Fiji's Legal Aid Commission has lost a bid to stop the military commander, Commodore Bainimarama, from convening courts martial to try soldiers involved in the year 2000 coup and mutinies.
The commission director, Makareta Waqavonovono, argued in the Suva High Court that the military commander could not convene a court martial.
She said this was because the law in Britain had been changed so an independent authority had to convene a court martial and the same should apply in Fiji.
She brought the case on behalf of a soldier who wanted to be retried before an independent body, saying his constitutional right to a fair trial had been breached.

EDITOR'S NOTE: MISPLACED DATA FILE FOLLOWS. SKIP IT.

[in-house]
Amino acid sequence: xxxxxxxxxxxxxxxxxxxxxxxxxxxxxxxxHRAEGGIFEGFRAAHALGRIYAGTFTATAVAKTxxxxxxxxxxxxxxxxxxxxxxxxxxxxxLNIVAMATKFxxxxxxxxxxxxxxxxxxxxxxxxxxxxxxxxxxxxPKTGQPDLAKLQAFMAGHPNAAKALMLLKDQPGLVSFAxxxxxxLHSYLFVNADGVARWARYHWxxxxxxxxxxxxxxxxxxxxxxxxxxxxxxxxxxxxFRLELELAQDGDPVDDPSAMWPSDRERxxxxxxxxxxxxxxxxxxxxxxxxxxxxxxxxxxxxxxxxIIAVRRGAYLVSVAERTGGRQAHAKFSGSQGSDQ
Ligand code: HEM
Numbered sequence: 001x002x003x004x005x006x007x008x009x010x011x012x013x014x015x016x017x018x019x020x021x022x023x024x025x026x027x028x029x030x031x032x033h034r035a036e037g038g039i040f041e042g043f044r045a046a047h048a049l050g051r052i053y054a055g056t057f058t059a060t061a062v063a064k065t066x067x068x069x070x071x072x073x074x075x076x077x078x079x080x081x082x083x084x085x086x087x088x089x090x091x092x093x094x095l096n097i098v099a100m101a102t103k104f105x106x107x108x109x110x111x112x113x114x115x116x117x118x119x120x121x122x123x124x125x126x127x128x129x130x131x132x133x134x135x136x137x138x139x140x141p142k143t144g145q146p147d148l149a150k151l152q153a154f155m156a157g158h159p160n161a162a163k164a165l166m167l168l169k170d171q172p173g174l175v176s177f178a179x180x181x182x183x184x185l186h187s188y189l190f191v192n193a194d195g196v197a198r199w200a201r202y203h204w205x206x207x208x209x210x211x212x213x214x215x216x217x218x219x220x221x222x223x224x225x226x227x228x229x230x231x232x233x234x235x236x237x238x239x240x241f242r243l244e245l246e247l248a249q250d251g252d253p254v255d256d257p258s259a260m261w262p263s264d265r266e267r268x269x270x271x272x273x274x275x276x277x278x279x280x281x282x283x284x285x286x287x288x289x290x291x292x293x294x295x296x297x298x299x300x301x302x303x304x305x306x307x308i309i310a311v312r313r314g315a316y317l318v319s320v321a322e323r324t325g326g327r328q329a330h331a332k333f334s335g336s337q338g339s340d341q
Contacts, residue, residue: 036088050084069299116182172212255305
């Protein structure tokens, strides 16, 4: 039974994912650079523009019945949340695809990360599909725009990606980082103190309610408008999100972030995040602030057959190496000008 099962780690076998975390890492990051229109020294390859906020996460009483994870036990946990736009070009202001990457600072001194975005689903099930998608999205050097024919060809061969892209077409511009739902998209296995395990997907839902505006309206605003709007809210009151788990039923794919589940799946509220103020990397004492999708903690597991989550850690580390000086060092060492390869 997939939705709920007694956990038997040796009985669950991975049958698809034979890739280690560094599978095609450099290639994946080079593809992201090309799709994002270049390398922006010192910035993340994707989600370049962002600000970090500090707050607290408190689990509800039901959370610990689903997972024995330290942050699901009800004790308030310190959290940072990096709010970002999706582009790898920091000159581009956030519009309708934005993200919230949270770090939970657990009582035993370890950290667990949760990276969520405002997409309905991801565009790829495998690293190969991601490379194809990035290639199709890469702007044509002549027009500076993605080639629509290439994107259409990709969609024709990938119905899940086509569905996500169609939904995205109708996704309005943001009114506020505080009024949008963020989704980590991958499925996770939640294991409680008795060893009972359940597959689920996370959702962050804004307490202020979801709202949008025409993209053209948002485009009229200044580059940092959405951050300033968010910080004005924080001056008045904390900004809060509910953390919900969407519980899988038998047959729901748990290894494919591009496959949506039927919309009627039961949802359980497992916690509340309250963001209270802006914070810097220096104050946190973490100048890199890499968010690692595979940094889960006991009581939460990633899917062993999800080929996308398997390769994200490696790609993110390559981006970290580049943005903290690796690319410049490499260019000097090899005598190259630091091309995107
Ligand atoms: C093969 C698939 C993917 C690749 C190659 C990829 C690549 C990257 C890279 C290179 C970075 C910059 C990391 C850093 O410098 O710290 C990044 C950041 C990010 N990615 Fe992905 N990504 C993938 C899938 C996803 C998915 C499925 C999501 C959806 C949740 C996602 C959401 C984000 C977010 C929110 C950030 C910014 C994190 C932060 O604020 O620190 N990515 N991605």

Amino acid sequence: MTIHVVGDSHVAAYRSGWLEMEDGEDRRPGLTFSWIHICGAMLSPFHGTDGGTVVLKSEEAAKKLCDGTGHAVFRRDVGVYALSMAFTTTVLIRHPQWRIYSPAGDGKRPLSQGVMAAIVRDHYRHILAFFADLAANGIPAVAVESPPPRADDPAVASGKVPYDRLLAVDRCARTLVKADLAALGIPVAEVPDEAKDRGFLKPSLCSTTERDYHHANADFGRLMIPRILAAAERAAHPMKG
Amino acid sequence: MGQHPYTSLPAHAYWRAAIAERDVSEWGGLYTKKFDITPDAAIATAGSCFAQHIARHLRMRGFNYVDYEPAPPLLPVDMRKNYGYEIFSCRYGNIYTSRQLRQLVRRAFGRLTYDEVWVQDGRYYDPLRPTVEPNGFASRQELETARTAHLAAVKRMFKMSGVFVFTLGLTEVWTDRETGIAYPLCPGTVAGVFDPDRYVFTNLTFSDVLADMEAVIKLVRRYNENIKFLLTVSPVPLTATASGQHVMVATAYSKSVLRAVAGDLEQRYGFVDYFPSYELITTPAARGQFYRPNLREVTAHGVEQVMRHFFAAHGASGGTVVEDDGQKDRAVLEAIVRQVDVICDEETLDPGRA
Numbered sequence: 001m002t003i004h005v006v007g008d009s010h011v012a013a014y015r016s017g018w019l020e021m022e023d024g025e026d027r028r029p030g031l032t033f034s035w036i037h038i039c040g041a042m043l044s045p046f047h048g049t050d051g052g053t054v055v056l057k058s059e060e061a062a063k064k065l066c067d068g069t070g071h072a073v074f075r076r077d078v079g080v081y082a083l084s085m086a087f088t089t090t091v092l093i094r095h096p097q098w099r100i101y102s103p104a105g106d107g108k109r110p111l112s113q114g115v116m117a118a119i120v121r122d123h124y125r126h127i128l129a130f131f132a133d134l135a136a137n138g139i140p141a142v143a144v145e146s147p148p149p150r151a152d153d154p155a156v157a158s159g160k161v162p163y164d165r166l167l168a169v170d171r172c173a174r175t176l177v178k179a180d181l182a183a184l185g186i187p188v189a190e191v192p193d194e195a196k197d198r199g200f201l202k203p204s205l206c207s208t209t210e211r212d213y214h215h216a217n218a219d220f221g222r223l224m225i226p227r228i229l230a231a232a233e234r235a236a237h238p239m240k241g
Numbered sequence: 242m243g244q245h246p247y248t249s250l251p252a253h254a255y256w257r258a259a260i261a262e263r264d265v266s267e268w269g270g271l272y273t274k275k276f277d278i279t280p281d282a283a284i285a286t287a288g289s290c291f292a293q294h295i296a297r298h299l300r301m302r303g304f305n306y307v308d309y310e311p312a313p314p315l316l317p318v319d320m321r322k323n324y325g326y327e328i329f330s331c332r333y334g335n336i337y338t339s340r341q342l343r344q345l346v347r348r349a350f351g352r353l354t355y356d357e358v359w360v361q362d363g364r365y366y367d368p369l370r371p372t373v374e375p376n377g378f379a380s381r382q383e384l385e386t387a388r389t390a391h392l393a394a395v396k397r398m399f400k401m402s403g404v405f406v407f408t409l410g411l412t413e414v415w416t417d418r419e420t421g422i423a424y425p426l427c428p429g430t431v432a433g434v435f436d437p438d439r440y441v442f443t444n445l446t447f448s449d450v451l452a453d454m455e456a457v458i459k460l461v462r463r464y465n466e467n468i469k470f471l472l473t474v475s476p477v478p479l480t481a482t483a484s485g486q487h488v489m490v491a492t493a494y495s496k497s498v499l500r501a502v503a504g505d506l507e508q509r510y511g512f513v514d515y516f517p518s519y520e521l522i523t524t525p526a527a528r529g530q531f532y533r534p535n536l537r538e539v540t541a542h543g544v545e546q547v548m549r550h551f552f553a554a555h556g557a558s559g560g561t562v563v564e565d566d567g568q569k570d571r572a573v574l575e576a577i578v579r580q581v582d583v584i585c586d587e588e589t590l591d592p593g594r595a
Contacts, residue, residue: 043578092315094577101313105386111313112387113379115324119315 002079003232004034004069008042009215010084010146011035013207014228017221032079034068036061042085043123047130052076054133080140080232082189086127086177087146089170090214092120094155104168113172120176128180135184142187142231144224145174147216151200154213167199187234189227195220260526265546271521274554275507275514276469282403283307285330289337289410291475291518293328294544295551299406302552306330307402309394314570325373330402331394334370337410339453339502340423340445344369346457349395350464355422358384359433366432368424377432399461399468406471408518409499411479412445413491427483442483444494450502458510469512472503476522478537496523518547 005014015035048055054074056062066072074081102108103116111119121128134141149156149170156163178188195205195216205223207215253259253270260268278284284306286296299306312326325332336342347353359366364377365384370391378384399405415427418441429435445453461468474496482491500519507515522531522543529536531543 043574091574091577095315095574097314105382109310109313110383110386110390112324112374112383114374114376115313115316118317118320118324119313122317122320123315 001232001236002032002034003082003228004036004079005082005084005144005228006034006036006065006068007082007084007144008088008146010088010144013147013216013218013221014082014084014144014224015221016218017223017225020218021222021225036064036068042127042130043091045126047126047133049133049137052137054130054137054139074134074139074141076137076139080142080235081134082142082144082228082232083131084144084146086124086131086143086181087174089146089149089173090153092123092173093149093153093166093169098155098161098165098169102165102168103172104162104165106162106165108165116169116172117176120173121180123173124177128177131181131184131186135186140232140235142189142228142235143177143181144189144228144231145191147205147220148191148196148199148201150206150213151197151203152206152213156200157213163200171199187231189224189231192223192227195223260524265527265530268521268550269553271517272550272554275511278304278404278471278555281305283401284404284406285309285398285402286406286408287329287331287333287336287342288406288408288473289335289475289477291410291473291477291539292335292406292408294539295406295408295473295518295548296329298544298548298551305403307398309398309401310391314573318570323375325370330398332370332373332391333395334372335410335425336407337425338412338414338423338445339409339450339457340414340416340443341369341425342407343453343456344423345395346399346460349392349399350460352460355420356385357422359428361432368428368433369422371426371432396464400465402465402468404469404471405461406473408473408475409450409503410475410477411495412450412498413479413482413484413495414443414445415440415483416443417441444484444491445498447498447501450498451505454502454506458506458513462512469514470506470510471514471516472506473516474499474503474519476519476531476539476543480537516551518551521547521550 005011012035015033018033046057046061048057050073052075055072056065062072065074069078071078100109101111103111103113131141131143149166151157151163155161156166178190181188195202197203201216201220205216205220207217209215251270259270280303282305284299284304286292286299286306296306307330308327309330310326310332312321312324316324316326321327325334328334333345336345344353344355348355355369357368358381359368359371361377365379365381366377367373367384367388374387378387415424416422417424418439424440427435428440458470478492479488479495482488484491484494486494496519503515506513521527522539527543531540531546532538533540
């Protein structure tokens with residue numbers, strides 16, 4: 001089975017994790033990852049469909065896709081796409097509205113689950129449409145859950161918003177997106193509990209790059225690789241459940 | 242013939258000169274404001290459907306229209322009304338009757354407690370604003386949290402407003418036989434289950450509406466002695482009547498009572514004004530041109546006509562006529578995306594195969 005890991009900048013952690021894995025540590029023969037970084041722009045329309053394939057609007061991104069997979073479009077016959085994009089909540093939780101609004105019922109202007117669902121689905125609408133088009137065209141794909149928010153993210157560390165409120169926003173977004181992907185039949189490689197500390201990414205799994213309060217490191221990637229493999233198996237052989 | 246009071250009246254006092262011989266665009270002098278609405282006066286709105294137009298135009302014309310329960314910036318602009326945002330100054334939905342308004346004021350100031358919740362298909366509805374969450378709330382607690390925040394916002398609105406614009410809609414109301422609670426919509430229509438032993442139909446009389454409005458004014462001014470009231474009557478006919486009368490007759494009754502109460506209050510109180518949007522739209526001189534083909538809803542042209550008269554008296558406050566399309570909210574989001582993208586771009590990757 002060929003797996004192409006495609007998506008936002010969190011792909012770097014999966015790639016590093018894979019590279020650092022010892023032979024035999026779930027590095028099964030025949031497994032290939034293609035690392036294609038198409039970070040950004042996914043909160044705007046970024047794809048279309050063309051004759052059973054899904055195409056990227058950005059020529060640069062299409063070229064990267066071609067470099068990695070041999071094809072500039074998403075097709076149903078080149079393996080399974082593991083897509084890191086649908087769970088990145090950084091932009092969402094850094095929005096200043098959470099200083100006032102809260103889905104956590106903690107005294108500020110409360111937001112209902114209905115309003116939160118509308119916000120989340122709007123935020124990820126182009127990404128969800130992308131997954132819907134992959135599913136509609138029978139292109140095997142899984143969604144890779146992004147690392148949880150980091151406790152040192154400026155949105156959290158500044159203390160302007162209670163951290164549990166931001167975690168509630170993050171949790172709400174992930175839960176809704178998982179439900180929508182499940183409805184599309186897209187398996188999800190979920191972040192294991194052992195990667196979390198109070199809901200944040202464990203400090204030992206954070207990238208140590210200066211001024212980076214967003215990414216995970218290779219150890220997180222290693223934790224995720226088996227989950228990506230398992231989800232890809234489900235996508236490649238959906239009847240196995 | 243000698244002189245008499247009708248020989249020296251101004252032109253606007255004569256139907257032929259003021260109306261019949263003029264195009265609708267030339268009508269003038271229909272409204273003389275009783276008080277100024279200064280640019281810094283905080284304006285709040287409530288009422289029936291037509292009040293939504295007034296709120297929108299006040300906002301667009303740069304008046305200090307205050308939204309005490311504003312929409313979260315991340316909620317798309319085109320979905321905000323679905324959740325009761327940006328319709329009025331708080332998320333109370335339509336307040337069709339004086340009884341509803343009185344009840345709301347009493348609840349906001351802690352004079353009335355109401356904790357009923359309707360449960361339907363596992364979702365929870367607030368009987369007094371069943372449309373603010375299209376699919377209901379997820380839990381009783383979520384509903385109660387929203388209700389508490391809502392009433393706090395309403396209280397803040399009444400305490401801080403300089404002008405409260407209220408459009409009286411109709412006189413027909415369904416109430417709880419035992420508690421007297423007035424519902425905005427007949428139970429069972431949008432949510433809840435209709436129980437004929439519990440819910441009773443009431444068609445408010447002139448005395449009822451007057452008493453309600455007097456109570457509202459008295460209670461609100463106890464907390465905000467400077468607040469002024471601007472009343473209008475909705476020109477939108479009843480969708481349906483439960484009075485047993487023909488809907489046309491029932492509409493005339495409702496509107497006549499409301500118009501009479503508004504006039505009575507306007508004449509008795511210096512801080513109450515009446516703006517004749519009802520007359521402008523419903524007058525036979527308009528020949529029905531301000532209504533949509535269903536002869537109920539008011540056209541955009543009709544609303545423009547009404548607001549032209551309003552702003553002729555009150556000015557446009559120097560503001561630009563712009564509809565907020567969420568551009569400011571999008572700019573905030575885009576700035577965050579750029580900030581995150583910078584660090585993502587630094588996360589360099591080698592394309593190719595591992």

But High Court judge, Justice Gerard Winters, has ruled that the Fiji Army Act is valid and the powers vested in the military commander to convene a court martial under the Army Act are also valid.
The ruling means that the court martial of 56 soldiers charged for their alleged involvement in the May 2000 coup will go ahead tomorrow as scheduled.
They face charges of mutiny, misprision of treason and unlawful confinement.